7. To the owner of a vehicle if at the time of the accident such vehicle was being operated without his permission, express or implied, or was parked by a person who had been operating such vehicle without such permission.
. . . ." (Emphasis supplied)
It is the Appellant's contention he is within the above exception. Under the provisions of § 7-201 and § 7-301 he contends he is not required to post security following an accident nor is he required to file proof of financial responsibility for the future as a result of the accident. However that may be, under the provisions of § 7-601, it appears that Appellant has allowed a motor vehicle to be operated on the highways of this state without liability insurance or proof of financial responsibility in lieu thereof. Consequently, 47 O.S.Supp. 1979 § 7-605[ 47-7-605] (providing for suspension) is applicable.
47 O.S.Supp. 1979.
Section 7-605 provides:
"— Every owner of a motor vehicle registered in this state who operates the vehicle or permits it to be operated in this state when he knows or should have known that he has failed to maintain security as required under Section 1 of this act [§ 7-601] shall be subject to suspension of license and registrations in accordance with the provisions of Section 7-206 of this title and such suspension shall remain in effect until the requirements of Section 7-212 of this title have been met."
Thus by § 7-605 Appellant is once again confronted by the suspension provisions of § 7-206. The question then becomes whether the exceptions of § 7-203 are applicable to an Article VI provision. To hold the provisions of § 7-203 applicable to Article VI would be contra to Eason Oil Co. v. Corporation Commission, Okla., 535 P.2d 283 (1975) wherein we held that "legislative acts are to be construed in such a manner as to reconcile different provisions and render them consistent and harmonious, and give intelligent effect to each."
Furthermore, since 1908 we have utilized the doctrine in pari materia. Generally, when statutes on the same subject matter are conflicting, they must be construed to give force and effect to each, since it will not be presumed that the legislature in the enactment of a subsequent statute intended to repeal an earlier statute, unless it has done so in express terms.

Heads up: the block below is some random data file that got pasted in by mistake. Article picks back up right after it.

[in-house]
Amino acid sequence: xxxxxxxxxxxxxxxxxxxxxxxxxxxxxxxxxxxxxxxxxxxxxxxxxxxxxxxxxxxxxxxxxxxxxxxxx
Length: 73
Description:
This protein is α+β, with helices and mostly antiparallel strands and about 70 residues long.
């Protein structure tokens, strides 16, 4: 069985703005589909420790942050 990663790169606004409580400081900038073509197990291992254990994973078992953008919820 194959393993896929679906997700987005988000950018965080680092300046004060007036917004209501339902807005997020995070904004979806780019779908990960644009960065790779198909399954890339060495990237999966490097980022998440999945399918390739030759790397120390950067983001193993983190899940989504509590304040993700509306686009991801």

Abbott v. Board of Trustees of Oscar Rose Jr. College, Okla., 586 P.2d 1098 (1978).
This Act, if the provisions have the appearance of being in conflict, can be harmonious and logically construed so as to resolve those apparent conflicts. Simply limiting the exceptions of § 7-203 to the provisions of Articles II and III of the Act, as it was intended, would resolve the apparent conflict. Thus the question now becomes one of legislative intent. In Territory ex rel. Swanson v. Clark, 2 Okla. 82, 35 P. 882 (1894), we held "[i]n the construction of statutes it is a cardinal rule that the intent of the legislature must govern." Consistent with this ancient axiom is Riffe Petroleum Company v. Great National Corporation, Inc., Okla., 614 P.2d 576 (1980) wherein we held, "[t]he ascertainment of legislative intent is the cardinal rule of statutory construction."
What remains then is to determine the statutory intent of the legislature in enacting Article VI of the Financial Responsibility Act. From the language of § 7-601, the legislature has clearly established a comprehensive compulsory liability insurance law. There can be no doubt that the legislative intent was to provide that no motor vehicle shall be operated on the highways of Oklahoma unless the vehicle is insured or "secured." See § 7-601. "Shall, at all times," as used in that section, cannot be interpreted so as to limit the Act to only those circumstances after an accident occurs due to the sole fault of the owner or driver of an uninsured automobile. The plain words of the statute must be controlling.
Allgood v. Allgood, Okla., 626 P.2d 1323 (1981).
The judgment of the district court is affirmed.
All of the Justices concur.